Rats have capacity for rhythm and can keep time to Mozart works, new study reveals
14 November 2022, 13:36 | Updated: 17 November 2022, 17:06
Scientists have found that rats enjoy the rhythm of Mozart’s music and will bop along to it when given the chance.
Rats have a sense of rhythm according to a new study conducted by scientists at the University of Tokyo.
In the study, published in the journal Science Advances, 10 rats were fitted with wireless, miniature accelerometers which were used to measure the slightest head movements.
They were played one-minute excerpts from Mozart’s Sonata for Two Pianos in D Major, at four different tempos: 75 percent, 100 percent, 200 percent and 400 percent of the original speed.
While the main study focused on the Mozart sonata (watch it performed spectacularly by Daniel Barenboim and Martha Argerich below), four other tracks were also played: ‘Born this Way’ by Lady Gaga, ‘Another One Bites the Dust’ by Queen, ‘Beat It’ by Michael Jackson and ‘Sugar’ by Maroon 5.
Rats were found to easily keep in time with songs played at 132BPM, but they enjoyed it less when the music was slowed down or sped up.
Lead author of the study, Professor Hirokazu Takahashi, said: “To the best of our knowledge, this is the first report on innate beat synchronisation in animals that was not achieved through training or musical exposure.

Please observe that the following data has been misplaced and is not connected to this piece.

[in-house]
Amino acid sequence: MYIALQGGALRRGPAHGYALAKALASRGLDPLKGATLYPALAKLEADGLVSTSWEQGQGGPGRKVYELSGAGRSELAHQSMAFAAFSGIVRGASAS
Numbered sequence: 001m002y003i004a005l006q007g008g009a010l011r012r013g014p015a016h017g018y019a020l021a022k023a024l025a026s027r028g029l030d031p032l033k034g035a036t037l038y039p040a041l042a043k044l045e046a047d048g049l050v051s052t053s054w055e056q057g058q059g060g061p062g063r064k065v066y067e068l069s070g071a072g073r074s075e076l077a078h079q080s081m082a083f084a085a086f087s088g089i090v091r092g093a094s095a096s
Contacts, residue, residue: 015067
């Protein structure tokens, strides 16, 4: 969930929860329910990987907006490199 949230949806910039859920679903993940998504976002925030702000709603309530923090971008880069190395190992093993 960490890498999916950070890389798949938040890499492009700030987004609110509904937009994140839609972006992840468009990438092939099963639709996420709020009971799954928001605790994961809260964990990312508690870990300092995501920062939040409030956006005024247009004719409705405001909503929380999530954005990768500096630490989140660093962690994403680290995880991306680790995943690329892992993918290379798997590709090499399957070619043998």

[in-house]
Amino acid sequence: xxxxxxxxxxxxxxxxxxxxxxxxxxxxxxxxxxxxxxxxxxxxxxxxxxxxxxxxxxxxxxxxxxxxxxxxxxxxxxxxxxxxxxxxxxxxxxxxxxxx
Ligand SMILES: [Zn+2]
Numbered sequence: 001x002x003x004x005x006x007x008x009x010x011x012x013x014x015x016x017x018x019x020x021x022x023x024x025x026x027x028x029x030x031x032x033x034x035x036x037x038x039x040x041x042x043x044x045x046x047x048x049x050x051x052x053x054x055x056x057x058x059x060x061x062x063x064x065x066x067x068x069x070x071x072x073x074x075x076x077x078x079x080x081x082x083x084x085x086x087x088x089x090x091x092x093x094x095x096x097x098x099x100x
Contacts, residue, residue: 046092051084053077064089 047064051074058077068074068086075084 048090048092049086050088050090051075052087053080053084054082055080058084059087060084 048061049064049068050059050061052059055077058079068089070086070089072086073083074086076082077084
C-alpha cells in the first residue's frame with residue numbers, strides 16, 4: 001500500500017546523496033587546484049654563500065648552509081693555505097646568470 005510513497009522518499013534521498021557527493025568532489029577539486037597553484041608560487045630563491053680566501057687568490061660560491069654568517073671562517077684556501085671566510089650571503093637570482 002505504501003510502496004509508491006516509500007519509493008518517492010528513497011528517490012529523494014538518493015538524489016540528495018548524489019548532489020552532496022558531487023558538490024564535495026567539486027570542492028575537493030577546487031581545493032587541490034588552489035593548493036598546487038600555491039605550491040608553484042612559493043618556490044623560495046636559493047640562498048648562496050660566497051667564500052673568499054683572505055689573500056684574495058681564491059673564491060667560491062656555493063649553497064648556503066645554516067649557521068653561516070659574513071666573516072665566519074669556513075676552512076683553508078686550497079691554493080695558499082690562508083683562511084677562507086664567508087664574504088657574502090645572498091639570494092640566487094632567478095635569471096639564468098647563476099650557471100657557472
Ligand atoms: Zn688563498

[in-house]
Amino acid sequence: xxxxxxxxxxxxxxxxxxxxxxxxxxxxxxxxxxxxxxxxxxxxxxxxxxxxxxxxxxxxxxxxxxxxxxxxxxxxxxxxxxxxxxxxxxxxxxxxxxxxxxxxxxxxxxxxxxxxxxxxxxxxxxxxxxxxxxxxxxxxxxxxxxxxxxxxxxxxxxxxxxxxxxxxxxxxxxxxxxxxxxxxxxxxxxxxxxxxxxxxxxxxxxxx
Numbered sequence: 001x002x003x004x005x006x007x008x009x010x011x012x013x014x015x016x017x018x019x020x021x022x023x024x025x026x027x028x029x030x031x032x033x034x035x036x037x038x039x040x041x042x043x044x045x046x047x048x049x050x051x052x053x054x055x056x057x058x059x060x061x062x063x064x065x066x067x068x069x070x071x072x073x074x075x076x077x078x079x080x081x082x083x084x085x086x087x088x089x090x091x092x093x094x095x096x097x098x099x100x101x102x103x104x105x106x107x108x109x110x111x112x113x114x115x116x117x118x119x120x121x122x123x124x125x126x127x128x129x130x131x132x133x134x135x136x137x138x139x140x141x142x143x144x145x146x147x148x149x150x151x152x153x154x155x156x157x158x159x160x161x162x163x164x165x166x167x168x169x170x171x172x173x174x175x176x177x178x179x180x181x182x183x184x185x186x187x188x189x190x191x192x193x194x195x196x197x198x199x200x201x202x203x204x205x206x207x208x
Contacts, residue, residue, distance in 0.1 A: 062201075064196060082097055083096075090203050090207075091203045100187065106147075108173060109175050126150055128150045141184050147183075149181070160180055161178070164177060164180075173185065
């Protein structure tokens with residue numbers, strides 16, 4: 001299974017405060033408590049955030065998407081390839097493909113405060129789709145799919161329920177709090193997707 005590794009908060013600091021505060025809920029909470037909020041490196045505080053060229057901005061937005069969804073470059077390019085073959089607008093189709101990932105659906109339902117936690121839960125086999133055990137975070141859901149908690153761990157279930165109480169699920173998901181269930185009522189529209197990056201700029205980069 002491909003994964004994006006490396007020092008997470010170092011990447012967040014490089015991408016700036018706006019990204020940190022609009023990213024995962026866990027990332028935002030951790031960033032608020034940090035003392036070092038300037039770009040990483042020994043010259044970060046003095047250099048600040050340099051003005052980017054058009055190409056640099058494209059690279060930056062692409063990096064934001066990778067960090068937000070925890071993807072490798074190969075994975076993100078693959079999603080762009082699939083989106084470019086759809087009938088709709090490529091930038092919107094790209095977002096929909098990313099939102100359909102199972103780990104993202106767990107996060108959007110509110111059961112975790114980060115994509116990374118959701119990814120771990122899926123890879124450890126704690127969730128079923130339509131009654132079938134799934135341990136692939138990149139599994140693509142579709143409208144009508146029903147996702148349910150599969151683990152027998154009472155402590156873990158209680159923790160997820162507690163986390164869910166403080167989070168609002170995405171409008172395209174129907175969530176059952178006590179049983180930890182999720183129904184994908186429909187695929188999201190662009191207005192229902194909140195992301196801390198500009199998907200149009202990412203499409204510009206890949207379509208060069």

“Rats displayed innate – that is, without any training or prior exposure to music – beat synchronisation most distinctly within 120-140 bpm – to which humans also exhibit the clearest beat synchronisation.
“The auditory cortex, the region of our brain that processes sound, was also tuned to 120-140 bpm, which we were able to explain using our mathematical model of brain adaptation.”
The Japanese study compared the results from the rhythmic rodents with 20 human volunteers, and detected a sense of rhythm in both species. Professor Takahashi added that similar, past studies have suggested the ability to enjoy a beat is common in other animals too.
“Music exerts a strong appeal to the brain and has profound effects on emotion and cognition,” Takahashi added.
“After conducting our research with 20 human participants and 10 rats, our results suggest the optimal tempo for beat synchronisation depends on the time constant in the brain.
“This demonstrates the animal brain can be useful in elucidating the perceptual mechanisms of music.”